The Dangerous Goods Amendment (Penalty Reform) Bill 2019 (Vic) (“the Bill”) was introduced into the Victorian Legislative Assembly by Attorney-General Jill Hennessy on 27 August 2019. The Bill was the Government's response to the discovery of various chemical waste stockpiles in Victoria, which also sparked a parliamentary committee inquiry into recycling and waste management in Victoria. The Bill passed both houses of parliament by 31 October 2019 without amendment. On 6 November 2019, the Bill received the royal assent. The whole of the Dangerous Goods Amendment (Penalty Reform) Act 2019 (Vic) (“the Act”) commenced on 7 November 2019.
The Justice Legislation Amendment (Criminal Appeals) Bill 2019 (Vic) (the “Bill”) was introduced into Victoria’s Legislative Assembly (“Assembly”) on 16 October 2019, by the Attorney-General, Minister for Workplace Safety, the Hon Jill Hennessy. The Bill passed the Assembly on 31 October 2019 and was introduced to the Legislative Council (“Council”) on the same day.
On 28 October, the Crimes Legislation Amendment (Police Powers at Airports) Act 2019 (Cth) (‘the Act’) received assent as Act 89 of 2019. Currently, the Act is awaiting commencement by proclamation. The Bill was initially introduced on 4 July by Mr Peter Dutton, the Minster for Home Affairs. The purpose of the Act is to amend the Crimes Act 1914 (Cth) in order to implement:
On 24 October 2019 the Minister for the Environment and Heritage, Mr Mick Gentleman (the Minister), presented the Heritage Amendment Bill 2019 (the Bill) to the ACT Assembly. The key purpose of the Bill is stated as being the making of a range of amendments to ". . . strengthen the way damage to heritage places and objects can be dealt with to both deter people from doing damage in the first place and to make them responsible for repairing any damage to heritage places or objects."
On 29 October 2019, the Minister for Planning Richard Wynne introduced the Building and Environment Protection Legislation Amendment Bill 2019 (VIC) (“the Bill”) into the Victorian Legislative Assembly. In particular, the Bill makes amendments to give additional powers to the Victorian Building Authority (“the VBA”) to investigate and curb illegal phoenix activity.
The Crimes (Disrupting Criminal Gangs) Legislation Amendment Bill 2019 (ACT) (the “Bill”) was introduced to ACT’s Legislative Assembly (the “Assembly”) on 24 October 2019 by the Attorney-General, the Hon Gordon Ramsay. The Bill proposes amendments to the following ACT legislation:
On 2 August 2019, the Parliamentary Joint Committee on Intelligence and Security (“the Committee”) commenced its inquiry into the Identity-matching Services Bill 2019 (Cth) (“the IMS Bill”) and the Australian Passports Amendment (Identity-matching Services) Bill 2019 (Cth) (“the Passports Amendment Bill”). Submissions from the public were closed on 6 September 2019. On 24 October 2019, the Committee tabled its final report.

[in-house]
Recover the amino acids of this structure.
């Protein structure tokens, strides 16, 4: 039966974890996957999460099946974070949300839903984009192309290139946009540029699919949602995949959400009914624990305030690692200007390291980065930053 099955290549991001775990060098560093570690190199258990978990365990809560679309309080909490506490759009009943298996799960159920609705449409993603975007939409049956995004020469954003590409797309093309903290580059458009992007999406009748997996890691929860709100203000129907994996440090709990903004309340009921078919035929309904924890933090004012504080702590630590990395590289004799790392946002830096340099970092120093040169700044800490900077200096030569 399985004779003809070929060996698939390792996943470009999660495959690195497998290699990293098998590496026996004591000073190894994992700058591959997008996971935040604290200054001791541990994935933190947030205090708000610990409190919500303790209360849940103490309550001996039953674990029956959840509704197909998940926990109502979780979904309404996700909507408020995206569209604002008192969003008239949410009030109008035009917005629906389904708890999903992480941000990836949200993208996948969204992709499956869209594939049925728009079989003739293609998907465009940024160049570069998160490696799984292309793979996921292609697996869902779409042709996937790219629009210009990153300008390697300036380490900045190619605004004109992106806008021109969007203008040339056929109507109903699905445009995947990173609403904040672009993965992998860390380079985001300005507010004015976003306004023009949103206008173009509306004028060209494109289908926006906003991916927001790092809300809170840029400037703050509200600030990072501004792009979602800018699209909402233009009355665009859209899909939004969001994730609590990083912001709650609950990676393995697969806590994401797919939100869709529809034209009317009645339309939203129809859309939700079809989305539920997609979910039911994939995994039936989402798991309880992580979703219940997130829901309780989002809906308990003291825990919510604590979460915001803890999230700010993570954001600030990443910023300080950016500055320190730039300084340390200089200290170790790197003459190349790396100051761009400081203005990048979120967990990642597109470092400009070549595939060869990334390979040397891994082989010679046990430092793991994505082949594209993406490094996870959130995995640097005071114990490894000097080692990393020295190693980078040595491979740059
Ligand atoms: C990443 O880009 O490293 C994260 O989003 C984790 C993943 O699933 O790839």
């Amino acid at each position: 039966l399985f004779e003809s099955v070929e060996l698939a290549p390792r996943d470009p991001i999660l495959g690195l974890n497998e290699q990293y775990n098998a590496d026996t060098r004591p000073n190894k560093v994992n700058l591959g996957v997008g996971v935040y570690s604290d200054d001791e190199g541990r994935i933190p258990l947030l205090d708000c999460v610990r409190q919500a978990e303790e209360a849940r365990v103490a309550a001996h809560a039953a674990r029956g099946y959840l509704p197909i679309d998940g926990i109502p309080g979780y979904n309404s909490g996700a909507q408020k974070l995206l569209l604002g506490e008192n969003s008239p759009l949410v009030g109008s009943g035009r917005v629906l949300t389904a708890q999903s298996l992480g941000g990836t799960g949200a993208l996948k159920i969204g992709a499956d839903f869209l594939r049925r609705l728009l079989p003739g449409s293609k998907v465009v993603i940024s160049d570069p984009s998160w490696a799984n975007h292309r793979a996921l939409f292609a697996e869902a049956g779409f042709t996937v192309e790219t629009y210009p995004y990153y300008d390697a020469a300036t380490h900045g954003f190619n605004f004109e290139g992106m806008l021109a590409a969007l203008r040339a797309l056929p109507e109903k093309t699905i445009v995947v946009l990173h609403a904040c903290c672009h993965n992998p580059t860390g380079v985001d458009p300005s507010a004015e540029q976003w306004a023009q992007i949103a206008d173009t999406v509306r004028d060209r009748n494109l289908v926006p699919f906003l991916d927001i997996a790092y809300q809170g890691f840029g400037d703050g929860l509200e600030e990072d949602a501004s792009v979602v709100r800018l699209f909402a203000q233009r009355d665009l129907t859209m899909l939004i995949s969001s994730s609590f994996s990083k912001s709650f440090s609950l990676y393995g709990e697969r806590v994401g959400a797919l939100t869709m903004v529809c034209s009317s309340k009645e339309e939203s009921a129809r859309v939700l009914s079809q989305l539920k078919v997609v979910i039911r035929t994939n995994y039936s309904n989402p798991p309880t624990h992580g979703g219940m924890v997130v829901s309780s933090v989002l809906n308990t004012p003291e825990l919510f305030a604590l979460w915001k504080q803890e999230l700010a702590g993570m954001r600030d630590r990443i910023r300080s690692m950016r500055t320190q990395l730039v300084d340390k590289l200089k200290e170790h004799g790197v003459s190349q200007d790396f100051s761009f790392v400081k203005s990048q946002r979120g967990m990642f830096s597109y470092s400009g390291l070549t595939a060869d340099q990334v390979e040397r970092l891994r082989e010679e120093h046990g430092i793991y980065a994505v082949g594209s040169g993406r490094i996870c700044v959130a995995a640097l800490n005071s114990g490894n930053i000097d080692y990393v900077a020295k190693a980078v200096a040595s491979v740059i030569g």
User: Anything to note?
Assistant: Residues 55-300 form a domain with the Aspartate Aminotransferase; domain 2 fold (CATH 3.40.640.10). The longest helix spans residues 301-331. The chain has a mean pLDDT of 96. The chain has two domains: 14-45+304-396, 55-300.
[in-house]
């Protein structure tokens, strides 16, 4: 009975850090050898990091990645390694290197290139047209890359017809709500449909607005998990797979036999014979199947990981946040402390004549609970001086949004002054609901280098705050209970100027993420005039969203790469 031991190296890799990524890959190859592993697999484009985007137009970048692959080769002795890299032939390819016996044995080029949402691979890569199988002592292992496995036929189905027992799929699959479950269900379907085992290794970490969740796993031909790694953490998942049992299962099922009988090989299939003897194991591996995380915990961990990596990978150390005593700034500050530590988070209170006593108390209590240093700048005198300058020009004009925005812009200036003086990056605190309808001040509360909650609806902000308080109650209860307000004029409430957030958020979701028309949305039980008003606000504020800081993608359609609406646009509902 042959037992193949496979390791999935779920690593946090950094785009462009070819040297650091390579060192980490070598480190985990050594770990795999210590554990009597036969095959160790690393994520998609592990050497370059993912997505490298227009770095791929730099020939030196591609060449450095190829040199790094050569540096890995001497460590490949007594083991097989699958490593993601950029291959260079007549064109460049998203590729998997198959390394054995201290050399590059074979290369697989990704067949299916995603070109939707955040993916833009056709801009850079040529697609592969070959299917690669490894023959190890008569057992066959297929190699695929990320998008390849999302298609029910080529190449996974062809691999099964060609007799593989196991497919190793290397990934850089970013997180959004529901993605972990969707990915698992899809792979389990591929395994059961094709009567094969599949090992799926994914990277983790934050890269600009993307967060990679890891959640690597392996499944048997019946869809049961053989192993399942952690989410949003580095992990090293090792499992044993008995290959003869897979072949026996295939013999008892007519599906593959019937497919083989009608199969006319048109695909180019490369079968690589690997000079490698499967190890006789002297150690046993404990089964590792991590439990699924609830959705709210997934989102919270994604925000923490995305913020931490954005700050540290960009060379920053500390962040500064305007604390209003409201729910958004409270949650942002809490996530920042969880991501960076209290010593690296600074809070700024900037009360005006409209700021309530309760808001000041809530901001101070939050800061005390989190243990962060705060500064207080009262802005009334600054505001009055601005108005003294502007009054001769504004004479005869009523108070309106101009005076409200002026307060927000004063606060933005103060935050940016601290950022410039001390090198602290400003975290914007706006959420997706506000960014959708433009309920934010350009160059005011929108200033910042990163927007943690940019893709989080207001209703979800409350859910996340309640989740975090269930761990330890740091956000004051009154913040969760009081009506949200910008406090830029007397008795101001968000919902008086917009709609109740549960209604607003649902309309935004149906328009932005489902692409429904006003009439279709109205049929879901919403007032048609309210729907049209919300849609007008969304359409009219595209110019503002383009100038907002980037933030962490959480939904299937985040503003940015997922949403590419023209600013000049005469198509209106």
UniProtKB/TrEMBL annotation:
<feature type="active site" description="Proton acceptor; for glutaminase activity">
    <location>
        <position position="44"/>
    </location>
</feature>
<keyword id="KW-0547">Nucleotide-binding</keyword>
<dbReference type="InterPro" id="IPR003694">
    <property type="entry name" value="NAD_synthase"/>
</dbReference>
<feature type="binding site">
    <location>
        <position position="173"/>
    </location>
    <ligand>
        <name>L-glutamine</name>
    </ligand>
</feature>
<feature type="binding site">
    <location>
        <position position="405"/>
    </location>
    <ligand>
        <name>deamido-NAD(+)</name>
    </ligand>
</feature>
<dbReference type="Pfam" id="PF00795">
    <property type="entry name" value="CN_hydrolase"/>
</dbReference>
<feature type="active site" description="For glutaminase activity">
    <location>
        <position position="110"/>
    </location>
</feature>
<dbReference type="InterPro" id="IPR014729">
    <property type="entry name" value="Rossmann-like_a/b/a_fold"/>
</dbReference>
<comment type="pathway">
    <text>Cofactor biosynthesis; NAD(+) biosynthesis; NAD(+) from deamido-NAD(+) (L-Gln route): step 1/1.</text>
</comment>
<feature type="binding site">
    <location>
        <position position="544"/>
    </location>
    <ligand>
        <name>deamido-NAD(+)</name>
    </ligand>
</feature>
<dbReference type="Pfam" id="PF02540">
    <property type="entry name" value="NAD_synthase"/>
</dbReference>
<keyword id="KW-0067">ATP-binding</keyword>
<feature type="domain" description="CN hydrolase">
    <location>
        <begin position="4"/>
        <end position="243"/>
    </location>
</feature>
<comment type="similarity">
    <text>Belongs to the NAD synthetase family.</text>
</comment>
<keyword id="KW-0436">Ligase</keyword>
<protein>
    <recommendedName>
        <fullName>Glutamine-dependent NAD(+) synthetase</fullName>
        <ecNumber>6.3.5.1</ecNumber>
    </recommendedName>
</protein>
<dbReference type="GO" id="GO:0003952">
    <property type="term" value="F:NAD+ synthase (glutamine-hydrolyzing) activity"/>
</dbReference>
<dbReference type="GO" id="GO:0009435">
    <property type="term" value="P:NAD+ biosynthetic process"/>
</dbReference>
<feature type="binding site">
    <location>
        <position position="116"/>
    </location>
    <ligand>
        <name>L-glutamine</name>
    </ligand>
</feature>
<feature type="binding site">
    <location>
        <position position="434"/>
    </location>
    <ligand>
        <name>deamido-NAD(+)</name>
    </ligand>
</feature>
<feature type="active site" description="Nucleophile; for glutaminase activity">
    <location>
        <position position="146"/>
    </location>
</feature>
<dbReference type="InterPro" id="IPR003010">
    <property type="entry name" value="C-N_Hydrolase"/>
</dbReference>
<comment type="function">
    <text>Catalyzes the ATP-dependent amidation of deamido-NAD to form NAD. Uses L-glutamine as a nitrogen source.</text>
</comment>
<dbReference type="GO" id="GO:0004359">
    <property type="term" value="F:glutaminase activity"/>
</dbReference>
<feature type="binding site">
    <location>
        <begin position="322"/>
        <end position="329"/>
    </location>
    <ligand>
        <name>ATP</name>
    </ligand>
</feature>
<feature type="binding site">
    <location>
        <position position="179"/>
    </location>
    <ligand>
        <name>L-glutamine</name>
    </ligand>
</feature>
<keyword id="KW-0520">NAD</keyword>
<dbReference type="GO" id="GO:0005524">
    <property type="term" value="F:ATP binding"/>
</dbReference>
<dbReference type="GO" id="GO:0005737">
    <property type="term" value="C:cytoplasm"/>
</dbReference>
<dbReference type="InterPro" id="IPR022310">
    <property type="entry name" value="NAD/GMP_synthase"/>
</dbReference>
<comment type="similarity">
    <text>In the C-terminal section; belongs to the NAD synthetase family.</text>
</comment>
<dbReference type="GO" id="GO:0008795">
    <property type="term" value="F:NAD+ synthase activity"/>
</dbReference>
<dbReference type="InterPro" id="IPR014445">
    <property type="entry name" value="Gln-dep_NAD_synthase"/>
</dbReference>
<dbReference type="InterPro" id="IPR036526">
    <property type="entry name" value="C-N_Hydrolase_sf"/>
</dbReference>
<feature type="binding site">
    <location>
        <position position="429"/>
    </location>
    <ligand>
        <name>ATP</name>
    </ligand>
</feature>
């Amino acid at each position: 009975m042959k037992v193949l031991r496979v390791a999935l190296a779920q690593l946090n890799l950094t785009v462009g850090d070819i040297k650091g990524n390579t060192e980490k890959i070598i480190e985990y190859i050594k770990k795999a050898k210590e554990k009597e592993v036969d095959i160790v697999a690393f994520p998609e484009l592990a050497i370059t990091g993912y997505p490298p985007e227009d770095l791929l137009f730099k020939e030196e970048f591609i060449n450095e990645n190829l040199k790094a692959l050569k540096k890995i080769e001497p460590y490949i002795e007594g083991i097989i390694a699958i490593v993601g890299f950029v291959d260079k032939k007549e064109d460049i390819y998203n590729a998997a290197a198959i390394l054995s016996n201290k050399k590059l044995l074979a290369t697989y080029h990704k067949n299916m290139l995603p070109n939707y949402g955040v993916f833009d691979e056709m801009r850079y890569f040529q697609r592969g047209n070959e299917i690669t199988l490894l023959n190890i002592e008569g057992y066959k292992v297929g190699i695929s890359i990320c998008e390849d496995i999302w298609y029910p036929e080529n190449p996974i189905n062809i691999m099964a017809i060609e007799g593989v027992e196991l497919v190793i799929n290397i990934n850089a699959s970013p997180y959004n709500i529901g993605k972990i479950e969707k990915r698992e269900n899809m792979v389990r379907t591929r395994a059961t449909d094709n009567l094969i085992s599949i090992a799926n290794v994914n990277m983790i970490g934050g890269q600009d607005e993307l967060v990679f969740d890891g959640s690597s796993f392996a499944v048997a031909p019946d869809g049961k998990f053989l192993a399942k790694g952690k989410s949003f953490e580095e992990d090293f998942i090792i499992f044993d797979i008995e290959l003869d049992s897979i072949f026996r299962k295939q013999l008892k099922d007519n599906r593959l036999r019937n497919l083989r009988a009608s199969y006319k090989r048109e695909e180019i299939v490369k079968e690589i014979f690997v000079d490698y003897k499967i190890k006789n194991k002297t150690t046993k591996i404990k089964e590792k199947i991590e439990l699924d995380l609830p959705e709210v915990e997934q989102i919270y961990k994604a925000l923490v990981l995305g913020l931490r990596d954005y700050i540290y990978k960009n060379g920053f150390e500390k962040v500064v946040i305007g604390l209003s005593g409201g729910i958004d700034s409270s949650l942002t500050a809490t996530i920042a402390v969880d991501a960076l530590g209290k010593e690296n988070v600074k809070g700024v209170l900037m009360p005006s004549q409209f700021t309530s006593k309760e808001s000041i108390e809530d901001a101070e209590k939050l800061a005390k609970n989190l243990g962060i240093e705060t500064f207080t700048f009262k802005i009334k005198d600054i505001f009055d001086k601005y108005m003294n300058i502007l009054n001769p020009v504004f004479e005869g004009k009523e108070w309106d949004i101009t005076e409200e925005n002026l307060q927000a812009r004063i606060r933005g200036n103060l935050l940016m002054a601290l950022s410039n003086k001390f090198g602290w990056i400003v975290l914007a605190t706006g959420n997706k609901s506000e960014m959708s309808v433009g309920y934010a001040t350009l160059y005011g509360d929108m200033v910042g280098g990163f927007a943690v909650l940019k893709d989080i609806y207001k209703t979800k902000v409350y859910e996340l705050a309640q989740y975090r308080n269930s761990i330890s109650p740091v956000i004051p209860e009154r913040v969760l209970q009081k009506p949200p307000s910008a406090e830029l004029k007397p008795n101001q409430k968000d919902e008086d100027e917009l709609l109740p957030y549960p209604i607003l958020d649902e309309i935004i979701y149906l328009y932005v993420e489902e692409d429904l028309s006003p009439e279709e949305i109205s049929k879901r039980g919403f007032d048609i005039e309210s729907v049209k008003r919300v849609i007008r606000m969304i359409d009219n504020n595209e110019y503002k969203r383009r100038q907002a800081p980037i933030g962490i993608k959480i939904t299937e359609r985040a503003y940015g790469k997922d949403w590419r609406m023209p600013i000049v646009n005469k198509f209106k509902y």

The Family Court Amendment Bill 2019 (WA) (the “Bill”) was introduced into WA’s Parliament on 16 October 2019, by the Attorney-General, the Hon John Quigley. The Bill proposes amendments to the Family Court Act 1997 (WA) (the “WA Act”) to “provide protection in relation to the cross-examination of parties who are parents of ex-nuptial children or who were in a de-facto relationship”.
On 16 October 2019, the South Australian Attorney-General, Vickie Chapman (the Attorney-General) introduced the Supreme Court (Court of Appeal) Amendment Bill 2019 (No 109 of 2019) into the South Australian Parliament. The Bill proposes to establish a "permanent court of appeal" in South Australia, as a division of the Supreme Court of South Australia. The key benefit that the government sees as flowing from the establishment of a court of appeal for South Australia is ". . . a more effective and efficient means of disposing [of] the appellate work of the Supreme Court".
On 17 October, the Attorney General, Mr Christian Porter introduced and gave the second reading speech for the Native Title Legislation Amendment Bill 2019 (Cth) (‘the Bill’) to the House of Representatives of the Commonwealth Parliament. The aim of the Bill is firstly, to provide a more supportive and streamlined framework for the systems of resolution for native title claims and agreement-making for land use, and secondly, to grant greater autonomy for native title groups in the processes of decision-making and dispute resolution concerning the land.
FREE legislation news, delivered weekly.
Sign up now.
NEW information resources - great for training.
Parliamentary sitting dates are shaded. Simply rollover any shaded date to see which houses in which jurisdictions are sitting.